When Stars Explode

Some 6,000 light years away, Wolf-Rayet 134 is tearing itself apart.

By Prof. Alison Crocker [physics] | March 1, 2018

Prof. Alison Crocker’s astrophysics class (Physics 364) covers the physics behind how stars form, remain in equilibrium for most of their lives, and then, sometimes, spectacularly explode or implode when nuclear reactions are exhausted.

Students recently learned about the Eddington limit, which poses an upper limit on the photon luminosity a star may emit before becoming dynamically unstable and ejecting its outer layers as a stellar wind.

High-mass stars undergo such a furious pace of nuclear reactions at their core that they surpass the Eddington limit in their luminous output. The image shown here is of a star known as WR (Wolf-Rayet) 134—the bright white star below the center of the image—illuminating material it has previously ejected.  WR 134 probably started out as a star about 45 times the mass of our sun, but has lost so much material it is now closer to 19 times the solar mass.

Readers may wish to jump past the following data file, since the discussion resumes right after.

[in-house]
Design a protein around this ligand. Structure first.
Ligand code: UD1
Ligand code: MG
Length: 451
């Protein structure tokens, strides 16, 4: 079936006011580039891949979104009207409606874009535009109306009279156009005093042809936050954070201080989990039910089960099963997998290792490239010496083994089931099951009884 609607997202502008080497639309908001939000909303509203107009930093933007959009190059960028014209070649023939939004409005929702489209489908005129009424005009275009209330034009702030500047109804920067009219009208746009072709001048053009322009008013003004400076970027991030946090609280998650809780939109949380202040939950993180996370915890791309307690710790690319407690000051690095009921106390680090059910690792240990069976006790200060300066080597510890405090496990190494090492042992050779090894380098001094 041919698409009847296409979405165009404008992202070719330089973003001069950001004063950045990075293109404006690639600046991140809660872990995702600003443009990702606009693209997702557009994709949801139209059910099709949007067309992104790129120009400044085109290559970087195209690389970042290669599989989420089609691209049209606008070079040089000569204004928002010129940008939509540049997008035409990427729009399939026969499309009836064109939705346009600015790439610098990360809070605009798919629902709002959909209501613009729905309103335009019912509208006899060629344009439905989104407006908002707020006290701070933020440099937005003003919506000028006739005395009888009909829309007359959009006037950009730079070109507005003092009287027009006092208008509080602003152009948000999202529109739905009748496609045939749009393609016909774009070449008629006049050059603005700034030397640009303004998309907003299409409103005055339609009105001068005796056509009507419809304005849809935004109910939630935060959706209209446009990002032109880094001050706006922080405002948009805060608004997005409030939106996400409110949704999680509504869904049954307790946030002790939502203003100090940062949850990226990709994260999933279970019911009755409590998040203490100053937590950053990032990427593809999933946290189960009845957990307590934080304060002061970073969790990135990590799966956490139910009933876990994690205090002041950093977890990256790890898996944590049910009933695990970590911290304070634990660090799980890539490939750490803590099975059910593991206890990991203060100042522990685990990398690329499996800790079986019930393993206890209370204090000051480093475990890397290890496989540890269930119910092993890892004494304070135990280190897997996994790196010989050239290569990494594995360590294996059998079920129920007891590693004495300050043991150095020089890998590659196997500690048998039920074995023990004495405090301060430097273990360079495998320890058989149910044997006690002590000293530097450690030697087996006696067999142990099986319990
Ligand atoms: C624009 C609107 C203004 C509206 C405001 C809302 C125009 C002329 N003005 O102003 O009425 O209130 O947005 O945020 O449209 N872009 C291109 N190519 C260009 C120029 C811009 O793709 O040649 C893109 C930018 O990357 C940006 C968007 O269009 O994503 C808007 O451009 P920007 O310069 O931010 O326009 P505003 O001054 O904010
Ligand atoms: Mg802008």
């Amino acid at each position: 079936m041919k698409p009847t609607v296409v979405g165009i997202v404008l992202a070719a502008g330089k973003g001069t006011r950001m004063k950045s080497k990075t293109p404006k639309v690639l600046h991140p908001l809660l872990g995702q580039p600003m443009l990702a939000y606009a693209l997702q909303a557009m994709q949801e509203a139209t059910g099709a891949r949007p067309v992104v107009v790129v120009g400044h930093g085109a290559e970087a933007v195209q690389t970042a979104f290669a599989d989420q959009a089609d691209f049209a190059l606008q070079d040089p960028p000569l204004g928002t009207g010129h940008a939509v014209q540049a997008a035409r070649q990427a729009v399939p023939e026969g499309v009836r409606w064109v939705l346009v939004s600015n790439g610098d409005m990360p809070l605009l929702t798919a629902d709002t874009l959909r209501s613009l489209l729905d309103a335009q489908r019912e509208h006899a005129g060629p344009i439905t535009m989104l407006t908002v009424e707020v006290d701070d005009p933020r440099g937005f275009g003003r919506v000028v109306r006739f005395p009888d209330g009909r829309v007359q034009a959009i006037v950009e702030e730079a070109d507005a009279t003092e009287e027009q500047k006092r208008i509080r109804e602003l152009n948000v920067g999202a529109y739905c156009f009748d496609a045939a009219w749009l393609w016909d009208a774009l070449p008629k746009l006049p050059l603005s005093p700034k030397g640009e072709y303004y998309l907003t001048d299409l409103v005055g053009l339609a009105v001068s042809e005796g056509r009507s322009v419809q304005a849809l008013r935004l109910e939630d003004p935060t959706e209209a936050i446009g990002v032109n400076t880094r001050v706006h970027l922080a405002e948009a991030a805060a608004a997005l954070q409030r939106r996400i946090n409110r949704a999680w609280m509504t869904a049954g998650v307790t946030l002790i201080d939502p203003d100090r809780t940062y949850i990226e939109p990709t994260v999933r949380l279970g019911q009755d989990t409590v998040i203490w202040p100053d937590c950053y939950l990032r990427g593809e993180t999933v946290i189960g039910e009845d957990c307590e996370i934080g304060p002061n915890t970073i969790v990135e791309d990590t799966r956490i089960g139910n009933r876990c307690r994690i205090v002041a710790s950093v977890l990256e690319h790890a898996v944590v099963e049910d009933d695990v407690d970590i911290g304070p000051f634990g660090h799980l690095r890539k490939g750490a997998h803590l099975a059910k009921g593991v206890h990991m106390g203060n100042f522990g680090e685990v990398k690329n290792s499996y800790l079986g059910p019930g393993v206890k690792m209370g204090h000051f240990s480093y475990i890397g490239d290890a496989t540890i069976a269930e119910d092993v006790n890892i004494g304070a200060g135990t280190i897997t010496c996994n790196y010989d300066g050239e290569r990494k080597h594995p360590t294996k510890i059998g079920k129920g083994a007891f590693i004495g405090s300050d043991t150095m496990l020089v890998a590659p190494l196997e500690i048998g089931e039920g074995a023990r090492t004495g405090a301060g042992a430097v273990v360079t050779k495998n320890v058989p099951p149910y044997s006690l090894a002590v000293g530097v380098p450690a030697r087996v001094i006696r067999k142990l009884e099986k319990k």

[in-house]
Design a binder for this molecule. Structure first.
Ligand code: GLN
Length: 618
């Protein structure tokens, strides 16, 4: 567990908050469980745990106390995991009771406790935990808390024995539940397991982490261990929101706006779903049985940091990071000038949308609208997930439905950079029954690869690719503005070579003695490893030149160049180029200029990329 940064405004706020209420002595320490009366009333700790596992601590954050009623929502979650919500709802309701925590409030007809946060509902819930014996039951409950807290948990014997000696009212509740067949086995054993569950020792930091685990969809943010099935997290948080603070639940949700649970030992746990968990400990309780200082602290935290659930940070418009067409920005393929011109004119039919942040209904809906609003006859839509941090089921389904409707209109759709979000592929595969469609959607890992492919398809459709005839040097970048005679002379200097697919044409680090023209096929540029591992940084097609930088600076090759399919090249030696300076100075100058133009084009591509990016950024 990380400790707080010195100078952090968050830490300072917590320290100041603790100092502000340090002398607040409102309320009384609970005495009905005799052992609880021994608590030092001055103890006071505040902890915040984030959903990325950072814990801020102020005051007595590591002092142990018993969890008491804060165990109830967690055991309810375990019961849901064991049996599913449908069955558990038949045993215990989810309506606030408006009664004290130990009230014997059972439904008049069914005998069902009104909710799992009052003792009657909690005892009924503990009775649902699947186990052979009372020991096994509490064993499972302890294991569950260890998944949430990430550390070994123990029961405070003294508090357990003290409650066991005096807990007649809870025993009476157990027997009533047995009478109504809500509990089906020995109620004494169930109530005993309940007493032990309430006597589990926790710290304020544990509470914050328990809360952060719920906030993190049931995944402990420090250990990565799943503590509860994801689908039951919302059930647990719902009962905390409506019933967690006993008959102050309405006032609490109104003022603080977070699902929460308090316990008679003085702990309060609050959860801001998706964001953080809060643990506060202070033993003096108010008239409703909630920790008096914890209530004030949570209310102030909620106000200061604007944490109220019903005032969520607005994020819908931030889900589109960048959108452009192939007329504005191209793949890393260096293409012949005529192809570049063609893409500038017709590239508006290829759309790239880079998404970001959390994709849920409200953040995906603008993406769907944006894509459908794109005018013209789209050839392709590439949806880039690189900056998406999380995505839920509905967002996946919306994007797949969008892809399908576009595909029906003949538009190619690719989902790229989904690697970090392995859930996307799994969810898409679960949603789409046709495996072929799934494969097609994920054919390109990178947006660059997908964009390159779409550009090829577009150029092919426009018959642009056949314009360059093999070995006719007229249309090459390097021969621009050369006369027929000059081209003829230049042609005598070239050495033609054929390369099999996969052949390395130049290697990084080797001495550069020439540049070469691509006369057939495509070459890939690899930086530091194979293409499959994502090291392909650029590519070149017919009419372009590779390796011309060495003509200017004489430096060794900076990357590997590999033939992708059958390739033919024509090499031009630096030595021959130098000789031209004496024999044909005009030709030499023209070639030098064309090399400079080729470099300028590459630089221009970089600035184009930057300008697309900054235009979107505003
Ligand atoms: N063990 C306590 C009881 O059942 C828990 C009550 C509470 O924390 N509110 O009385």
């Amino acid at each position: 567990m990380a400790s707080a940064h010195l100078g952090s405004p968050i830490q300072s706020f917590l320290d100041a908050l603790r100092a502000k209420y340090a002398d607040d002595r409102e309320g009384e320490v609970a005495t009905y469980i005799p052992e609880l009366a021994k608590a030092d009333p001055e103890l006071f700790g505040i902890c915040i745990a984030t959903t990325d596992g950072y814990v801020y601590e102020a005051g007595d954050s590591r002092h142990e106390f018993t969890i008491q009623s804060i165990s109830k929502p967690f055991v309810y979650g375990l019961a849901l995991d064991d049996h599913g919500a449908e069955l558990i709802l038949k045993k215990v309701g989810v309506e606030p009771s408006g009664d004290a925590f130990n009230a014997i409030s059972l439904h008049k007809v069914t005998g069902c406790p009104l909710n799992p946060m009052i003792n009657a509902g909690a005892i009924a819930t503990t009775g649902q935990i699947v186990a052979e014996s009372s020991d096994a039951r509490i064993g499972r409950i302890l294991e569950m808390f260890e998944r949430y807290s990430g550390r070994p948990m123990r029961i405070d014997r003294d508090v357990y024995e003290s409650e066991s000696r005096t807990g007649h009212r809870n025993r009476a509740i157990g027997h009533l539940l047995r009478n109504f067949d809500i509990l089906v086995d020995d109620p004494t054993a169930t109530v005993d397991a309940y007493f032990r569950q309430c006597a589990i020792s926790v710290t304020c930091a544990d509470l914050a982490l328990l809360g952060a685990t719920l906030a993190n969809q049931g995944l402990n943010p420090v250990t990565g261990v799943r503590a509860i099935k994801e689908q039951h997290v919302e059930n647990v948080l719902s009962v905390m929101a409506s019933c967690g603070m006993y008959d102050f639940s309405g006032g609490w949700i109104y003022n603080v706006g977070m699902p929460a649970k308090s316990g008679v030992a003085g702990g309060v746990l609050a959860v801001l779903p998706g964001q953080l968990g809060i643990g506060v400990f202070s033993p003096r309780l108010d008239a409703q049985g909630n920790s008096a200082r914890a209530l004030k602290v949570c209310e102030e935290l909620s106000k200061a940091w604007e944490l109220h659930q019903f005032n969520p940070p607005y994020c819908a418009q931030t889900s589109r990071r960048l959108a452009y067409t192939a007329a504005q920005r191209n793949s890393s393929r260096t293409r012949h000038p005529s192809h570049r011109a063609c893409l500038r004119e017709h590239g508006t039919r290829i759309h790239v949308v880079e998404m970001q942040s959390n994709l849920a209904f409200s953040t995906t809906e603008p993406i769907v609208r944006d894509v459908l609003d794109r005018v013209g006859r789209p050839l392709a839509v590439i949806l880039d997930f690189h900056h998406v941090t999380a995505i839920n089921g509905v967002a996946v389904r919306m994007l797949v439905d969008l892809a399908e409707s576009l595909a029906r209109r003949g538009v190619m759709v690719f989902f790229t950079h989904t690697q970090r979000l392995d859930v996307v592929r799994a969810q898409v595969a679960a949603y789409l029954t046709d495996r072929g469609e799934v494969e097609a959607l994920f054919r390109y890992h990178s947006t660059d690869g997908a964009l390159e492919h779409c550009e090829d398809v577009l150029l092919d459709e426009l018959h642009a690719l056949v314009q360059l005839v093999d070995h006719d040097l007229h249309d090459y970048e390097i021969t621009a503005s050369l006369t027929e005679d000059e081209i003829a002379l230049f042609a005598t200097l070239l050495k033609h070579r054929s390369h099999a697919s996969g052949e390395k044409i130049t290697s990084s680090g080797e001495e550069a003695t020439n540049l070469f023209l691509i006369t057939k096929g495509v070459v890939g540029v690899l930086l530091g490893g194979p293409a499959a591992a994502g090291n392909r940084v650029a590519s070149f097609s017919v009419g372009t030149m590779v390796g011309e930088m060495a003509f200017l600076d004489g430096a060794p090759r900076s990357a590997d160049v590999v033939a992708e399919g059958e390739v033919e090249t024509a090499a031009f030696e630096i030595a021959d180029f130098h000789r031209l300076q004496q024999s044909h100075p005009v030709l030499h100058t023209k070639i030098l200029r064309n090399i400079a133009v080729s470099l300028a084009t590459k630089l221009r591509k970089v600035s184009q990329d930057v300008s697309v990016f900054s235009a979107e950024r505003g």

This image was taken by the 4 m Mayall telescope at Kitt Peak National Observatory, using filters to isolate emission from the 656 nm hydrogen line and the 673 nm doubly ionized sulfur line. These emission lines reveal the distribution of ionized gas in the nebula.

Tags: Academics, Campus Life, Object of Study, Research